Handbook on Migration and Security
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Handbook on Migration and Security

Edited by Philippe Bourbeau

This Handbook provides a state-of-the-art analysis of the critically important links between migration and security in a globalising world, and presents original contributions suggesting innovative and emerging frontiers in the study of the securitization of migration. Experts from different fields reflect on their respective conceptualisations of the migration-security nexus, and consider how an interdisciplinary and multifaceted dialogue can stimulate and enrich our understanding of the securitisation of migration in the contemporary world.
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Chapter 5: Migration, exceptionalist security discourses, and practices

Philippe Bourbeau

Abstract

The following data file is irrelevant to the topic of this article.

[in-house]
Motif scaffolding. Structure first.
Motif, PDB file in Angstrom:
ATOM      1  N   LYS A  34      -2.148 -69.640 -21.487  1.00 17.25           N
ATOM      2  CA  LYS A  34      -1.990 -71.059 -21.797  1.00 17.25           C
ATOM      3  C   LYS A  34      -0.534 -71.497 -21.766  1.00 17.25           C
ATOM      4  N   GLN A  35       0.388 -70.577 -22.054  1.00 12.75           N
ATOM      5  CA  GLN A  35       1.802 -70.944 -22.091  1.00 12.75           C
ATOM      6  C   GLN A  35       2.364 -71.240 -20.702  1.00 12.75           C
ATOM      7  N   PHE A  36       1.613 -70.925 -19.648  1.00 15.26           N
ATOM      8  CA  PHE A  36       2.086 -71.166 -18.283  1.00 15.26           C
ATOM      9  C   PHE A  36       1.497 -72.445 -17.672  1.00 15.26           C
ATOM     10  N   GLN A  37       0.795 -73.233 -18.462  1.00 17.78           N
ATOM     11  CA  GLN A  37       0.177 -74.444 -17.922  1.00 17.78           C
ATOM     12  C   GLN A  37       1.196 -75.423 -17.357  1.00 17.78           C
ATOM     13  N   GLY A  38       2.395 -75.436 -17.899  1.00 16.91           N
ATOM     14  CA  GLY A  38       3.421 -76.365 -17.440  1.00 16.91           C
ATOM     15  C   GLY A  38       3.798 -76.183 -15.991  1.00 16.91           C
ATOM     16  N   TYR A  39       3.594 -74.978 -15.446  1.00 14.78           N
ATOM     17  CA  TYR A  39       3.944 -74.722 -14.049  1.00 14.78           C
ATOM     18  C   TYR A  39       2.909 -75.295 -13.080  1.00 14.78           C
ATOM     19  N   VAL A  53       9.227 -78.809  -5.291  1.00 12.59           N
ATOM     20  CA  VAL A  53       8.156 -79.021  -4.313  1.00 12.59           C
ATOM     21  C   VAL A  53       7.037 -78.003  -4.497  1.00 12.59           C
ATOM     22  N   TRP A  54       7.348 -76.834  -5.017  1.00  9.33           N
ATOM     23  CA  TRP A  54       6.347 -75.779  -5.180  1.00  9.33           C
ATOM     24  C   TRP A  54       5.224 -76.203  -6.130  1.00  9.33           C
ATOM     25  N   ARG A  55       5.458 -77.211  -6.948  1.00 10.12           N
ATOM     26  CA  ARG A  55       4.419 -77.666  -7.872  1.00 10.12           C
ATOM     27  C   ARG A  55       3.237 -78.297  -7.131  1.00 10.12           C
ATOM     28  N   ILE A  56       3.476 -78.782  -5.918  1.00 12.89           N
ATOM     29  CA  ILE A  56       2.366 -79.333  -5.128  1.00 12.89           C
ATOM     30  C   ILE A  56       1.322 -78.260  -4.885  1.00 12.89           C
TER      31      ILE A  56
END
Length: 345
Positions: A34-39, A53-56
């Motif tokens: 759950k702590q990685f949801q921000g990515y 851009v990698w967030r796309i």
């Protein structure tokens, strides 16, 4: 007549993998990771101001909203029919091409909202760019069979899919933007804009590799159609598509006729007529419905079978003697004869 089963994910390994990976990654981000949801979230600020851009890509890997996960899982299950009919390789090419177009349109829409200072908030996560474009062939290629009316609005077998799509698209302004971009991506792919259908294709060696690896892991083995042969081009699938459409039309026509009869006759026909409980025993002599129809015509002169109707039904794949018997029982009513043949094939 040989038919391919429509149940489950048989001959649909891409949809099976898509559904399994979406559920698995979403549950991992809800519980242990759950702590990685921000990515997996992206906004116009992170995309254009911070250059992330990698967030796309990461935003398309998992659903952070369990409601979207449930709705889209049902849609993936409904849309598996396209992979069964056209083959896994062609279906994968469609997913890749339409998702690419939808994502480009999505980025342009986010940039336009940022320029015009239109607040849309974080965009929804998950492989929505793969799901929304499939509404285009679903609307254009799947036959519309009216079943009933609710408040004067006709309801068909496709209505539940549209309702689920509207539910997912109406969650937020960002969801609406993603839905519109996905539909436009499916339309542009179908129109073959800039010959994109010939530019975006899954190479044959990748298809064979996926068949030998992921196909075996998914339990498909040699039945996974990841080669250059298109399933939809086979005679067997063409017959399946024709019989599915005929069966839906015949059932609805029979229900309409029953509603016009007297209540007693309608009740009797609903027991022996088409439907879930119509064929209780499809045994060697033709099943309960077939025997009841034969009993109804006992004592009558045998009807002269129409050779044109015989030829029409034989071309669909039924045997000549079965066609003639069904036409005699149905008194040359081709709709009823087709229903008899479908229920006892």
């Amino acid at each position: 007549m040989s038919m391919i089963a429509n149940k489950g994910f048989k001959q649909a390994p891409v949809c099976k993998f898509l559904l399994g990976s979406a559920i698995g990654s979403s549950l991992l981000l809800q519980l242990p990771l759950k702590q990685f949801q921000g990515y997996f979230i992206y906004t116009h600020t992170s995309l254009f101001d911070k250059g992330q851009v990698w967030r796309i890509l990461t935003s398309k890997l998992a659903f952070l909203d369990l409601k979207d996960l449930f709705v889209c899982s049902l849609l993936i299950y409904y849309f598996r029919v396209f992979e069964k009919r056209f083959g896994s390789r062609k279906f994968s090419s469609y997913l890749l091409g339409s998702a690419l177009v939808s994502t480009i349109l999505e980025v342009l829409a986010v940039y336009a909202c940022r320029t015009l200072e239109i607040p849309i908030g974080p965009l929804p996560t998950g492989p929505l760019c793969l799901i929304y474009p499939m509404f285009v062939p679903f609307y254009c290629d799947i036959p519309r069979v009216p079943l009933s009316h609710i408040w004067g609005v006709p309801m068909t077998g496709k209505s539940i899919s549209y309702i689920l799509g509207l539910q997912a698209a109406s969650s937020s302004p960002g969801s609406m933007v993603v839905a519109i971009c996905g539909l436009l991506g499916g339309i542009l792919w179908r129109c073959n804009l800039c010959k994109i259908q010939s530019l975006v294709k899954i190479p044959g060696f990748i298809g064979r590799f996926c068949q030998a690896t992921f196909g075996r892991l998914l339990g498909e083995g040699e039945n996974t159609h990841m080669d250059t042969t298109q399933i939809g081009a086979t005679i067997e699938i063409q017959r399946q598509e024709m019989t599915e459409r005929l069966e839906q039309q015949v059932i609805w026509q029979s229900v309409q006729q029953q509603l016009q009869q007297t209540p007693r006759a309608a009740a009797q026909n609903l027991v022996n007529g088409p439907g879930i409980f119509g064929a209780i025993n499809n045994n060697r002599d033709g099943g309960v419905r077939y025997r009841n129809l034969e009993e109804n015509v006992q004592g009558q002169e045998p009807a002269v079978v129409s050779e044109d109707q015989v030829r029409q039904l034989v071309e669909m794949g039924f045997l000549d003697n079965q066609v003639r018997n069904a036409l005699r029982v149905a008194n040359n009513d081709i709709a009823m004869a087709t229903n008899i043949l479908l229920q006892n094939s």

In its current configuration, the literature on securitization – the process of integrating an issue into a security framework that emphasizes policing and defence – relies mainly on two logics: the logic of exception and the logic of routine. For some scholars, these two approaches to the study of securitization frame a battleground on which a conflict among various structural, critical, cultural and sociological standpoints is waged. Although many graduate students cut their theoretical teeth on these debates, little has been gained thus far in the battle for possession of the field. By questioning the literature’s underlying understanding of these two logics as opposing and competing, I pursue two aims in this chapter. First, I caution scholars against overdrawing distinctions between the two logics, for it is not clear that they are mutually exclusive. Second, I seek to recognize and harness the strengths of both logics, and to identify the fruitful theoretical ‘bricks’ each framework contributes to our understanding of securitization. To do so, the chapter lays out two main conceptual elements – performance and path dependence – and proposes a contiguum approach.

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